Image

For almost every unregulated gun converted to regulated, you will be starting up on the "plateau" on the left on that graph, and reducing the hammer spring preload will save air with every turn, but initially you will lose little or no velocity.... Then suddenly, the velocity will start to drop a bit, and a turn or two later it will be dropping a lot with every turn, as you will be on the "downslope" on the right side of that graph.... Where those two straight lines meet, on what I call the "knee" of the curve, is where you want to tune the gun.... 4-5 turns out in this example.... You will be giving up 2-3% in fps yet using about half the air per shot you were when the hammer was tuned to work at 2000 psi....

Once you get used to tuning a regulated gun, you will be able to recognize where you are on the curve just by the way the gun behaves.... If you are on the plateau, the gun is loud, uses a ton of air per shot, and when it reaches the setpoint the velocity plummets with every additional shot.... It may even exhibit a slight downtrend in velocity from full to the setpoint due to slight pressure creep in the regulator.... As you approach the knee, the gun will start to get quieter and use less air.... When it's just right, the velocity will be very stable from full to 100-200 psi BELOW the setpoint and then start to drop gradually.... That's the tune you want.... When you are on the downslope, the gun will be very quiet (and efficient), have noticeably less power, and when you hit the setpoint the velocity will start to INCREASE and the gun get a bit louder, just like an unregulated PCP does as it goes over the peak of the sweet spot.... and that's exactly what is happening.... It may also show a slight upward trend in velocity between full and the setpoint pressure, due to regulator creep.... before the big rise in velocity....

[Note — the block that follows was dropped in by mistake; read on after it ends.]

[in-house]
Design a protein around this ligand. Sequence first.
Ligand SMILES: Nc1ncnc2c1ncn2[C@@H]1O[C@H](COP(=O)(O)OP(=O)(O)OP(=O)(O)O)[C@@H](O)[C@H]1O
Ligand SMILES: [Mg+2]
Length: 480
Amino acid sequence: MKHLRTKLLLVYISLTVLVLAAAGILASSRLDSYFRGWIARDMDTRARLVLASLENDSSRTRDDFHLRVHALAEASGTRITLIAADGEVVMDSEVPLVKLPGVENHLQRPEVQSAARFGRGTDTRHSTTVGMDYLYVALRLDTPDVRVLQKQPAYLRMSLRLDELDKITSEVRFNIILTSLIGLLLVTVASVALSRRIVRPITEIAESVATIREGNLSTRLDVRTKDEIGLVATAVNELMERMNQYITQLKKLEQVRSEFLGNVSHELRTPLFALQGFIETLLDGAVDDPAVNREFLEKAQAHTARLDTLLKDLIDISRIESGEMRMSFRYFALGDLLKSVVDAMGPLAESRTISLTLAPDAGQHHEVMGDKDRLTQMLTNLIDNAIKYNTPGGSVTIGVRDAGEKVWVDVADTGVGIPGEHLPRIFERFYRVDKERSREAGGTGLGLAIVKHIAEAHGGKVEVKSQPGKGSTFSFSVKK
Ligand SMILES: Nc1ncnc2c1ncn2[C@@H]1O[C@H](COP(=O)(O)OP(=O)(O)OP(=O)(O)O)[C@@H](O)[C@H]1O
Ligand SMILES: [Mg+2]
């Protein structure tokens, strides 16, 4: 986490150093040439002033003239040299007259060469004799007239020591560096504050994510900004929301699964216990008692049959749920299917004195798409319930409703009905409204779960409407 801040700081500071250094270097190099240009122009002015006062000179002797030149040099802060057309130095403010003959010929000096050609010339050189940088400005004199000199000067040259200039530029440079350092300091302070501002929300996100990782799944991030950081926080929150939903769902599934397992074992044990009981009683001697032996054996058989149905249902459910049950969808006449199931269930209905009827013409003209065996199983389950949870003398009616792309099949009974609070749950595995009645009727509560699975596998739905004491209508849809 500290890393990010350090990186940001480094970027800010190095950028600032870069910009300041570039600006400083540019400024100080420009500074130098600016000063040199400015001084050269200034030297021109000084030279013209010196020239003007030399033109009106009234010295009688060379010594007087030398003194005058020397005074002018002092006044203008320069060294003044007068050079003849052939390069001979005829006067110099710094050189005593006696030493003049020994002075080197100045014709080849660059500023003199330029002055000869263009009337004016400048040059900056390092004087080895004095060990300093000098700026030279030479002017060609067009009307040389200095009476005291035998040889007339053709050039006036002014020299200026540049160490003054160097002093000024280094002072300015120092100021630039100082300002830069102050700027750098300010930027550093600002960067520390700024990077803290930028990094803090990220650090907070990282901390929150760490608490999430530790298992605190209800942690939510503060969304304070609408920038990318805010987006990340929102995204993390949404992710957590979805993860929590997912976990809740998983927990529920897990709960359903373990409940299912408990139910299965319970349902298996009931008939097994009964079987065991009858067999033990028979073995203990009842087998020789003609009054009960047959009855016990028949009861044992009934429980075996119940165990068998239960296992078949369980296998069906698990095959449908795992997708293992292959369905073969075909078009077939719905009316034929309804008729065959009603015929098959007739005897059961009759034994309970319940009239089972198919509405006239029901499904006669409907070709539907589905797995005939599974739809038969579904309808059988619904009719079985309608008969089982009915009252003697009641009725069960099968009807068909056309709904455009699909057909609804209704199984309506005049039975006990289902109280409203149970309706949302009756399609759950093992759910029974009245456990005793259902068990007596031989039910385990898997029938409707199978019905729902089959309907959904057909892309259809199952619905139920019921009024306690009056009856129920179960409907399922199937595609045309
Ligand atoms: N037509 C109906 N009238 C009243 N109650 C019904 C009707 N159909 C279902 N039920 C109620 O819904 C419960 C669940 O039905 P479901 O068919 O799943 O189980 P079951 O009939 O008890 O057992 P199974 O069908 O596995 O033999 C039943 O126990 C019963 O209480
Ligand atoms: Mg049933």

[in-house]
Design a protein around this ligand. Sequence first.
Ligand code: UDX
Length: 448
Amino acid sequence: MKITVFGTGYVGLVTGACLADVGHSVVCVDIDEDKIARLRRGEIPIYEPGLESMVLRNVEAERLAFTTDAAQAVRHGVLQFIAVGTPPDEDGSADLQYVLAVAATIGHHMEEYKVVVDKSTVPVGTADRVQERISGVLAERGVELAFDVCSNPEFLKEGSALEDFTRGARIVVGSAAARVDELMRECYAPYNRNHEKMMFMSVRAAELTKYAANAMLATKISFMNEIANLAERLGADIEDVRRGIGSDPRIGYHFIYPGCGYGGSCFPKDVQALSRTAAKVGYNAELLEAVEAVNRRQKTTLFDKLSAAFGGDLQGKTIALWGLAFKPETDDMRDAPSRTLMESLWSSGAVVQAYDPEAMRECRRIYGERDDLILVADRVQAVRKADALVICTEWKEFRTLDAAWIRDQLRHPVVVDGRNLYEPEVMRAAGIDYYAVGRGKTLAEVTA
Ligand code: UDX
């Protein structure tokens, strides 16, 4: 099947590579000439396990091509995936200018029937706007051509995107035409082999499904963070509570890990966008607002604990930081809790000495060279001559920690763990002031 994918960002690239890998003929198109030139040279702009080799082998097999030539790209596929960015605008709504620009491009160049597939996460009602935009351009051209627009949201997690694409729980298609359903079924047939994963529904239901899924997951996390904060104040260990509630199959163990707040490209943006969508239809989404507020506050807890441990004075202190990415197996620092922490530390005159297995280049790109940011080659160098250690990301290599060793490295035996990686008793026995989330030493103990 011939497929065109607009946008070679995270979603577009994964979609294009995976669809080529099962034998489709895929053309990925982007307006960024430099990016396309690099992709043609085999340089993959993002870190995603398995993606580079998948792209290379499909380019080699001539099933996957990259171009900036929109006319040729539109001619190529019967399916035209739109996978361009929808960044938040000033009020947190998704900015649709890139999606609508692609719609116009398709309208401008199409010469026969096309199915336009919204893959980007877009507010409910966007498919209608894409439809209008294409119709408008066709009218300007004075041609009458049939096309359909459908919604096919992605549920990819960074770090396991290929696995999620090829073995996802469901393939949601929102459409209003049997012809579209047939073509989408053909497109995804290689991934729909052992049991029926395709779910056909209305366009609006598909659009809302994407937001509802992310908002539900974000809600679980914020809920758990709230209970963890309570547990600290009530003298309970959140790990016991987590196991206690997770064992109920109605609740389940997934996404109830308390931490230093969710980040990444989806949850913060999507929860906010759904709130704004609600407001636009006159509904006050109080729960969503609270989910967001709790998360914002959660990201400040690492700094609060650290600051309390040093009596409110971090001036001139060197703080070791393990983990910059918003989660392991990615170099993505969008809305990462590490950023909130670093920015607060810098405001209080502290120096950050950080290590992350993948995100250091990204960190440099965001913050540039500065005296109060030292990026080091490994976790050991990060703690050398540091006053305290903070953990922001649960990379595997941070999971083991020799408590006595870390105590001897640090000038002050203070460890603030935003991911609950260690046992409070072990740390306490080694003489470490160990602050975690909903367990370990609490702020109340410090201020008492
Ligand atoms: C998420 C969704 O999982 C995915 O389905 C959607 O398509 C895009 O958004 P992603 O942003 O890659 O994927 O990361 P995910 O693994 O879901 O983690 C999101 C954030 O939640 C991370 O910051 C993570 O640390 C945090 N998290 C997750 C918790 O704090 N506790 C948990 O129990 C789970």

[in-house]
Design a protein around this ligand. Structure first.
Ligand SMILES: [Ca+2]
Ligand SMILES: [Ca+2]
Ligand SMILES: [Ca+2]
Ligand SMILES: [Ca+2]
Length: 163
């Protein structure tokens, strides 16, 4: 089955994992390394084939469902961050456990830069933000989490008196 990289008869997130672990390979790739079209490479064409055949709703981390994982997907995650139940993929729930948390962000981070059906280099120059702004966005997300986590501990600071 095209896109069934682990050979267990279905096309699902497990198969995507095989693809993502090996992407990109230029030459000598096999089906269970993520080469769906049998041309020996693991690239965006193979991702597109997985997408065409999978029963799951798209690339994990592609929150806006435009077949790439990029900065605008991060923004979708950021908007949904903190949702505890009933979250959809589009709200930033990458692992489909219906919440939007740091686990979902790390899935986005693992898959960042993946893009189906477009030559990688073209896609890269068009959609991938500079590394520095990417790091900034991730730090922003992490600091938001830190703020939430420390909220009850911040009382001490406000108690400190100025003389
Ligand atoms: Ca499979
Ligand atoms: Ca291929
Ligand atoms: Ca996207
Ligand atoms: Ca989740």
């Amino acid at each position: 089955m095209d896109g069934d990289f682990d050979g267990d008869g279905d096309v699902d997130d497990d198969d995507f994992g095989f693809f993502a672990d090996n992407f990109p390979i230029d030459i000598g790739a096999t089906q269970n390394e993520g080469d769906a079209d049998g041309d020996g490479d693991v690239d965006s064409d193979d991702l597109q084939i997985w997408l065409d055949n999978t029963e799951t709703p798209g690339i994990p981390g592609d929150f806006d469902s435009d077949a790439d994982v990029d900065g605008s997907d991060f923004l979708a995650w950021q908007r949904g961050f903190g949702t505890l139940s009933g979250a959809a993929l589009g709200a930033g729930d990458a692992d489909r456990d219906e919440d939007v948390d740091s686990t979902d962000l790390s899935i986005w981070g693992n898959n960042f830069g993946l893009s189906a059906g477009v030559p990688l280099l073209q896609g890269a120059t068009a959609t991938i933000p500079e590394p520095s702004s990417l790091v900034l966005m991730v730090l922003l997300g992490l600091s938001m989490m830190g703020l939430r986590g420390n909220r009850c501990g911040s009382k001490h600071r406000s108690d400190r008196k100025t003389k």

It's all a matter of understanding what is happening inside the gun after you install the regulator.... and realizing that you have to back off the hammer strike to retune the gun for its now much lower operating pressure.... It's not rocket science, and it doesn't need to take up tins of pellets, or tons of air, to find a very efficient tune.... Of course if you guessed wrong on the setpoint and you need more power (or less), then you have to increase (or decrease) the setpoint and start all over again.... Fortunately, you can hone in on your new "best" tune within about 20 shots or so, and by the end of the second fill you should have it dialed right in....

Bob

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Dominion Marksman Silver Shield - 5890 x 6000 in 1976, and downhill ever since!
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Too many! Springers, Pumpers, CO2, but I love my PCPs and developing them!
Proud Member of the 2000+fps Club!


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PostPosted: Sun Jul 06, 2014 10:28 am 
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Location: Central West River Nova Scotia
I was talking about the PERFECT BALANCE OF ALL FACTORS. Sure a dacent tune once, as you said, you understand whats happening inside your regulated gun, is fairly easy. But theres always more fine tuning that can be done to improve efficiency. You Bob, seem to have a penchant for math, so getting close to perfection for you, is a lot easier, because you can figure out before hand what you "should" get, instead of trying some thing then testing to see what you did get, and then making changes and testing again, which is the way I procede.
How ever frustrating it might be searching for the best combination at times, I totally love every minute of the journey.
For those of you regulated gun owners out there, who wish to persue a better efficiency, Robert lanes videos are indispensable. Even if you aren't, they are interesting to watch.

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PostPosted: Sun Jul 06, 2014 11:37 am 
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I would still suggest that taking the same journey (trying all the variables) with an unregulated PCP is even MORE difficult....

Bob

_________________
Dominion Marksman Silver Shield - 5890 x 6000 in 1976, and downhill ever since!
Airsonal;
Too many! Springers, Pumpers, CO2, but I love my PCPs and developing them!
Proud Member of the 2000+fps Club!